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5 Ways Laxatives Can Affect Your Kid's Health

Published May 20, 2024

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Laxatives are commonly used to treat constipation, a prevalent issue among school-aged kids. However, the effects of laxatives on our little one’s health can be significant and in some cases, detrimental to their growth and lifelong health. Let’s review five different ways in which long-term laxative consumption can impact your kid’s health. 

1. Electrolyte Imbalance

Laxatives, particularly those that induce bowel movements through increased water secretion into the intestines, can lead to a significant loss of electrolytes such as sodium and potassium.  Studies show that electrolyte disturbances are a common side effect of laxative use, which can result in symptoms like muscle weakness, confusion, and irregular heartbeats.

2. Dehydration

Dehydration is another potential consequence of laxative use in kids. Since many laxatives work by drawing water into the bowels, prolonged use can lead to dehydration. Kids are particularly susceptible to  dehydration due to their smaller body size and higher water turnover rate compared to adults. Symptoms of dehydration include dry mouth, reduced urine output, and dizziness, which can be particularly dangerous for younger kiddos. 

3. Dependency and Reduced Bowel Function

Chronic use of laxatives can lead to dependency, where the kid’s bowels become reliant on the medication to function properly. Over time, this can cause the bowel muscles to weaken, resulting in a condition known as  lazy bowel syndrome. Prolonged laxative use can reduce natural bowel motility, making it difficult for our little ones to have bowel movements without the aid of laxatives. This dependency can complicate the treatment of constipation and affect our kid’s quality of life.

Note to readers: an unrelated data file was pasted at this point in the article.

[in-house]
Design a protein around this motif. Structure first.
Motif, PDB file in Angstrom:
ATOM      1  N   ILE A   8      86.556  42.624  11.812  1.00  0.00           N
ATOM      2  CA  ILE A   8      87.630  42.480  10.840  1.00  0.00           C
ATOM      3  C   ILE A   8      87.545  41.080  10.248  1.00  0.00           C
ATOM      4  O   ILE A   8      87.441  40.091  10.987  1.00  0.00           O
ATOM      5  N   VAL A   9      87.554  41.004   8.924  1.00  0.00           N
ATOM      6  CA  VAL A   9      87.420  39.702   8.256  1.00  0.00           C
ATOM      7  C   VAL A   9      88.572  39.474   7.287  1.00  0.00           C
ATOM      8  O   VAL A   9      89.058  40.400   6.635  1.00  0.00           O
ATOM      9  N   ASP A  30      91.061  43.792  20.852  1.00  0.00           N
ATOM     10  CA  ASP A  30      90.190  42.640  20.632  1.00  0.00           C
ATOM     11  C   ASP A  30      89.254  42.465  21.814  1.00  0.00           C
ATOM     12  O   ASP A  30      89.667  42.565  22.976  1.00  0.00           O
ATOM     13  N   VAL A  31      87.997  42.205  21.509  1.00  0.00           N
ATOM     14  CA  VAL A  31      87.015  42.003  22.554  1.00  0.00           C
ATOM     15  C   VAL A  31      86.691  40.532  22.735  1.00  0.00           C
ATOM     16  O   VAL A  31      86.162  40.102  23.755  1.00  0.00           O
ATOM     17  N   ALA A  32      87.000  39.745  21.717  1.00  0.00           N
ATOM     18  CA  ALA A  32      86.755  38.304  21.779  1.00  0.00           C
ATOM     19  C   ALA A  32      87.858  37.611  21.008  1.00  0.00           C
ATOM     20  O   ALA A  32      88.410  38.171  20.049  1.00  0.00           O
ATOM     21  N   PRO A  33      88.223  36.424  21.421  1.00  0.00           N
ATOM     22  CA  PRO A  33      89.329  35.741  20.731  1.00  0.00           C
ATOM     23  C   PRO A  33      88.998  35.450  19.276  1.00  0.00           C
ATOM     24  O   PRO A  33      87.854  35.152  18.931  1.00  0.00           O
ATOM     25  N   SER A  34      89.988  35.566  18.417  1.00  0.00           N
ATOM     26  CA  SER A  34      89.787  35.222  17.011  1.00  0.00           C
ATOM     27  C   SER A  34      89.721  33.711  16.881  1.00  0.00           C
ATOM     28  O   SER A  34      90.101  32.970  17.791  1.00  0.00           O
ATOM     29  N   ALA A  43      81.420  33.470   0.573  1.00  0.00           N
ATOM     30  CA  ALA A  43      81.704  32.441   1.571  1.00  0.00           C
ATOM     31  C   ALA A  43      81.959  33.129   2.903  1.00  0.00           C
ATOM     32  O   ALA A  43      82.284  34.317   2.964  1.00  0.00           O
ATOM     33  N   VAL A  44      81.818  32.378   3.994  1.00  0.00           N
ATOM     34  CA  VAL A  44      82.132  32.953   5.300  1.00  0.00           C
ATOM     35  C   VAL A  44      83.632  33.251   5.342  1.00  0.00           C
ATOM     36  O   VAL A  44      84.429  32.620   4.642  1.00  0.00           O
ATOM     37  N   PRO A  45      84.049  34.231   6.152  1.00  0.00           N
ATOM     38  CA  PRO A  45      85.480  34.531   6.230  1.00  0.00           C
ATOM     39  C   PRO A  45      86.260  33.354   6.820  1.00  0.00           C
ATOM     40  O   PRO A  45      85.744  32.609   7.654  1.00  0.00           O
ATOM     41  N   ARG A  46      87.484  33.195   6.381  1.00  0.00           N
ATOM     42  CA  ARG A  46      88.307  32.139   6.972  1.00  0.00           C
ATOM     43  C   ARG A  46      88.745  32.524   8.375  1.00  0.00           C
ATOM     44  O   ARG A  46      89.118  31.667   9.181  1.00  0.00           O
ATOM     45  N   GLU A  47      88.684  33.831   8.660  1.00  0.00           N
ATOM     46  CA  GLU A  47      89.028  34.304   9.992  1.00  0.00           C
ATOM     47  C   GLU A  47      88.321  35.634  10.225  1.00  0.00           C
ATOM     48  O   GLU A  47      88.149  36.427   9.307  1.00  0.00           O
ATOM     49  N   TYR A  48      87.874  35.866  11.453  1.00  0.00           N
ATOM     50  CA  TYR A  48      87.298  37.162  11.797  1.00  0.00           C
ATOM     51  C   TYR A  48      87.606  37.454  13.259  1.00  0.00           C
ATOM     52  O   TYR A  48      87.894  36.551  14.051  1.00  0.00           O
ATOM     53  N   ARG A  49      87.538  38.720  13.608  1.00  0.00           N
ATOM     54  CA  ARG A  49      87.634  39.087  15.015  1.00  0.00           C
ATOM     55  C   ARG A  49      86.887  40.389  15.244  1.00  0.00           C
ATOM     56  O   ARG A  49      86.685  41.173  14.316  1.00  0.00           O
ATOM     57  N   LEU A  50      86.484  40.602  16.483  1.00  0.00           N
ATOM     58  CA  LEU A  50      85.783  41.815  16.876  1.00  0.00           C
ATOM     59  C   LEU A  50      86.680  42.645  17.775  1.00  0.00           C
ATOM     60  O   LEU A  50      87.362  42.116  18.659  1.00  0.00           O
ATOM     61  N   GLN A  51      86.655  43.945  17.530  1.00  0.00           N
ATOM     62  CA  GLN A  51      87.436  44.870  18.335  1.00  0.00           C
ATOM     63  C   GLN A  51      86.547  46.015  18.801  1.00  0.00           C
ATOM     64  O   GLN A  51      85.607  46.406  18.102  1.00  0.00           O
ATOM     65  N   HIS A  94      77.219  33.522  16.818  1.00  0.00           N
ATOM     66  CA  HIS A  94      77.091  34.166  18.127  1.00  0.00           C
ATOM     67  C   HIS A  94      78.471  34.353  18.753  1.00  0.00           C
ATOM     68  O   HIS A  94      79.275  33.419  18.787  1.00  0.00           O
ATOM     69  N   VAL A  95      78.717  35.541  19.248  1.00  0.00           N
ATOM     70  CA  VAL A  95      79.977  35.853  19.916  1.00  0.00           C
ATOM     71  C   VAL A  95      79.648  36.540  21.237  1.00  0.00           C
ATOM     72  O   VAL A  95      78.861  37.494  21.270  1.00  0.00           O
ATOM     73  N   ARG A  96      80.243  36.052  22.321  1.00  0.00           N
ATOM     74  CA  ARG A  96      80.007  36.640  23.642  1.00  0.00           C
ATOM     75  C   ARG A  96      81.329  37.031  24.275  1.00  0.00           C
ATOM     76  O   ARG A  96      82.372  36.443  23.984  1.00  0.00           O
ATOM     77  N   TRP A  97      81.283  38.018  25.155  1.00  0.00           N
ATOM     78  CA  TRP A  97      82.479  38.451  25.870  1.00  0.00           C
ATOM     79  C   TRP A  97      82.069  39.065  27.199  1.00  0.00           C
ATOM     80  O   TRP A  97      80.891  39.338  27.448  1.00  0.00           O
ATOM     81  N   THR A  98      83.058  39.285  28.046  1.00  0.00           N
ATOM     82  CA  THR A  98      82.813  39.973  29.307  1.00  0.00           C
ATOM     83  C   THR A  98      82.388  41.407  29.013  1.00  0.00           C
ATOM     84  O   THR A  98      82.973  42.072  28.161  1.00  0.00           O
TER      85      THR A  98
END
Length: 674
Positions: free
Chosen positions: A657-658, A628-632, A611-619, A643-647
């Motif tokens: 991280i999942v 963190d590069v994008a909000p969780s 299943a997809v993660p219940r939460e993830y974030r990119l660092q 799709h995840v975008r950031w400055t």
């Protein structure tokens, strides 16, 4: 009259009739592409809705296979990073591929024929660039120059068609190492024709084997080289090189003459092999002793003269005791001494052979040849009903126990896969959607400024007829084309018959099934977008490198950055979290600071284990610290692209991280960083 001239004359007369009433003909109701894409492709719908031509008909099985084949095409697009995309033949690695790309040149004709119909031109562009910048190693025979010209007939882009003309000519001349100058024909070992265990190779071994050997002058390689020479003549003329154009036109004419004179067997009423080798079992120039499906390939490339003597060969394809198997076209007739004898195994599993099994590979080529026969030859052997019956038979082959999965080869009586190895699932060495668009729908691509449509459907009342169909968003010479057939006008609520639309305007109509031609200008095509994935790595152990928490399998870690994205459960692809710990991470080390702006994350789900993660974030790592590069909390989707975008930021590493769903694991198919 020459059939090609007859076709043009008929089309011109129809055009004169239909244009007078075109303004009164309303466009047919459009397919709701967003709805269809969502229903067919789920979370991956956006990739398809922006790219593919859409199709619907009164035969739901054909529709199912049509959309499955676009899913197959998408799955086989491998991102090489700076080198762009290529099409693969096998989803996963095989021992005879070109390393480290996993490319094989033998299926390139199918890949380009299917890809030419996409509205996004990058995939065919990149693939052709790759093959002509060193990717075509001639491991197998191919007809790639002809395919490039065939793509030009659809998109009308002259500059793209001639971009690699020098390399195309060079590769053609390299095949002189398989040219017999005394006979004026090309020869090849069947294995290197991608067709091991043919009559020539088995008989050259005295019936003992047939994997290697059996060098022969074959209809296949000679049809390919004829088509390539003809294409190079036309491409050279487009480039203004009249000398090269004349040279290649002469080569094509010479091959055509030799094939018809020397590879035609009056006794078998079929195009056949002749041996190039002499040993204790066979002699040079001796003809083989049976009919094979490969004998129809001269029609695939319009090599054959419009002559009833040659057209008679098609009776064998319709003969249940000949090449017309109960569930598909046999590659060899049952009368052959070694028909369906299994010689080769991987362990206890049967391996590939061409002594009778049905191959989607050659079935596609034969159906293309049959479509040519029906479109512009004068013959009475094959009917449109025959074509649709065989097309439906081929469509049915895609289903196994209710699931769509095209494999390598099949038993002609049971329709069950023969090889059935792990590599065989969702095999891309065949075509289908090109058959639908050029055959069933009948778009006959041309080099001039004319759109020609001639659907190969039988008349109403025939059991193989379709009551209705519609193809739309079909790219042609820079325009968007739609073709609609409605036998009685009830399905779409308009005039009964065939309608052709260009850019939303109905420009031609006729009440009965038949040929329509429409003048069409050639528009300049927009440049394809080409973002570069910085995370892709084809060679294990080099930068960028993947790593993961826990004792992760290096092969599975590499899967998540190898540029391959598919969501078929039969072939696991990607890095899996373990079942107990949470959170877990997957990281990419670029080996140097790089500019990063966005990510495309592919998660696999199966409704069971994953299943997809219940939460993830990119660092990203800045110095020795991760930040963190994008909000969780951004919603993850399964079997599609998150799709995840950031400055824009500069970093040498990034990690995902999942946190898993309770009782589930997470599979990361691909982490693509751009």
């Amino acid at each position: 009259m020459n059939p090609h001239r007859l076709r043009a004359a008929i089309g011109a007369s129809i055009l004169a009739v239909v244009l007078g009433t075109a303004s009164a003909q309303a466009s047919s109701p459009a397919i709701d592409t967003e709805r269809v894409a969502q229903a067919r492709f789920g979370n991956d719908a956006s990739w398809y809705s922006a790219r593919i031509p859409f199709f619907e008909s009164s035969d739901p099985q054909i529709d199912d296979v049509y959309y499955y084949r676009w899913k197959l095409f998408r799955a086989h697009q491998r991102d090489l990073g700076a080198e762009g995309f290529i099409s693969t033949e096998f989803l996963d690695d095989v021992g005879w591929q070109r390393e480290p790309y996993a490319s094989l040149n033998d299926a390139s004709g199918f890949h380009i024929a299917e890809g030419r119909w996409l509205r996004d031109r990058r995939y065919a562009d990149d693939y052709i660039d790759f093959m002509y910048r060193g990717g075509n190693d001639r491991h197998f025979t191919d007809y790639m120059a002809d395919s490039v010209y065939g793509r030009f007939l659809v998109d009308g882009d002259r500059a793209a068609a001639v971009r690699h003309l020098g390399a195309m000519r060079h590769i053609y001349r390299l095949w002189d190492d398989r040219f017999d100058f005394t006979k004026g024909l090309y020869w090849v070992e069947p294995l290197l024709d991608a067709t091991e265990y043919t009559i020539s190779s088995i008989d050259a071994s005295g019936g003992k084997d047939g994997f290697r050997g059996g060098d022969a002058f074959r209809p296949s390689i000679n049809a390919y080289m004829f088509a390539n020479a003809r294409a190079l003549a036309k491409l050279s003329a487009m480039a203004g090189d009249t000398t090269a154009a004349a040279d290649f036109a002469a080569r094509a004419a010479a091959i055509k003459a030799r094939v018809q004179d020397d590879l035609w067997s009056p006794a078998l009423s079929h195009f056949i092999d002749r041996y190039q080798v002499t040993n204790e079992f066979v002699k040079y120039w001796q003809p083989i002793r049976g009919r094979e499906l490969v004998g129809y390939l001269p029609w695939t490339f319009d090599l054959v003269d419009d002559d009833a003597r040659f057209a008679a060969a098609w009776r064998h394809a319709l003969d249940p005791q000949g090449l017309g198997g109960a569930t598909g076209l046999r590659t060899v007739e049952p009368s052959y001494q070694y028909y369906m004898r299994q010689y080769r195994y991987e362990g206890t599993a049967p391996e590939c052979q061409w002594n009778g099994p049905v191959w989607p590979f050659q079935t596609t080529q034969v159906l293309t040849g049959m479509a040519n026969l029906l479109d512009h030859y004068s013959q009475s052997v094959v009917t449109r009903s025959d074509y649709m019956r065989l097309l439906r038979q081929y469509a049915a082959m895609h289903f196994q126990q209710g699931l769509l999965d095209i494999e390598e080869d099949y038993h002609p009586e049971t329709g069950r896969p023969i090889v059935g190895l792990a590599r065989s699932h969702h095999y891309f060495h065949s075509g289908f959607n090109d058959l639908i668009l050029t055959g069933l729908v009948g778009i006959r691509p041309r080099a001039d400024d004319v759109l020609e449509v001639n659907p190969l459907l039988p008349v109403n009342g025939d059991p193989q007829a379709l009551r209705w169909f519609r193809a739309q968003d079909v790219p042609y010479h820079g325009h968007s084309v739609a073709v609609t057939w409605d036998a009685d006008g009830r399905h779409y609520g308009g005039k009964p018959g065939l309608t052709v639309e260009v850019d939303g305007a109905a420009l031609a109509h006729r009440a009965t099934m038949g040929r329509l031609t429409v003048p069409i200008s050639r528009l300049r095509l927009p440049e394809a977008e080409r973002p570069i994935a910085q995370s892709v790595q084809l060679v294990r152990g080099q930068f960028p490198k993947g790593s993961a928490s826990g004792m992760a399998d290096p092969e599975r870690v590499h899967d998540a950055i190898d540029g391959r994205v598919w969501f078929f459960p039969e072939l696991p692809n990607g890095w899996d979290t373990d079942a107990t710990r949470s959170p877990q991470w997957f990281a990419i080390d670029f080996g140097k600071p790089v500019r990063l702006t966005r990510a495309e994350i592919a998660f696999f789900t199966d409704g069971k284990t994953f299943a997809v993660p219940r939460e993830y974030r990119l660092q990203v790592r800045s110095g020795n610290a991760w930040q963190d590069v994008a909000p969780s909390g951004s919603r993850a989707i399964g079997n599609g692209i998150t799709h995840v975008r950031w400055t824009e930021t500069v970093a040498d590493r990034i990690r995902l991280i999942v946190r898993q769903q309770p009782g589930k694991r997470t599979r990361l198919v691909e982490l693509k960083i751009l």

4. Behavioral Issues

Behavioral issues can arise as an indirect effect of laxative use in kids. The discomfort and urgency associated with frequent bowel movements can lead to increased irritability, anxiety, and stress in kids. A  study in the Journal of Pediatric Gastroenterology and Nutrition suggests that kids experiencing chronic constipation and using laxatives, especially formulas with Polyethylene Glycol (PEG) regularly may exhibit behavioral changes due to the physical and psychological stress associated with their condition. Parents may notice changes in mood, increased tantrums, or reluctance to participate in usual activities.

5.Nutrient Malabsorption and Decreased Gut Health 

Frequent use of laxatives can interfere with the absorption of essential nutrients. Certain laxatives can  alter nutrient absorption in both the small and large intestines.  This can lead to deficiencies in nutrients such as vitamin D, calcium, and  magnesium, which are crucial for our little one’s growth and development. Laxatives that contain polyethylene glycol 3350 (PEG 3350) can also temporarily disrupt the  human microbiome, which is connected to both immune and brain health. 

Summary 

While laxatives can provide short-term relief for kids with constipation, their use should be limited and used under medical supervision due to potential risks such as electrolyte imbalance, dehydration, dependency, behavioral issues, and nutrient malabsorption. Consulting a healthcare provider and considering non-pharmacological approaches like increasing dietary fiber,  prebiotics, and hydration can help manage constipation effectively and safeguard your little one’s overall health for life.  

References

  • Journal of Pediatric Gastroenterology and Nutrition, "Electrolyte Imbalance and Laxative Use in Children", 2021. 
  • Pediatrics, "Dehydration and Laxative Use in Pediatric Populations", 2020. 
  • American Journal of Gastroenterology, "Long-term Effects of Laxatives on Bowel Function in Children", 2019. 
  • Journal of Pediatric Psychology, "Behavioral Changes in Children with Chronic Constipation and Laxative Use", 2021. 
  • Journal of Clinical Gastroenterology, "Nutrient Absorption and Laxative Use in Pediatric Patients", 2022.
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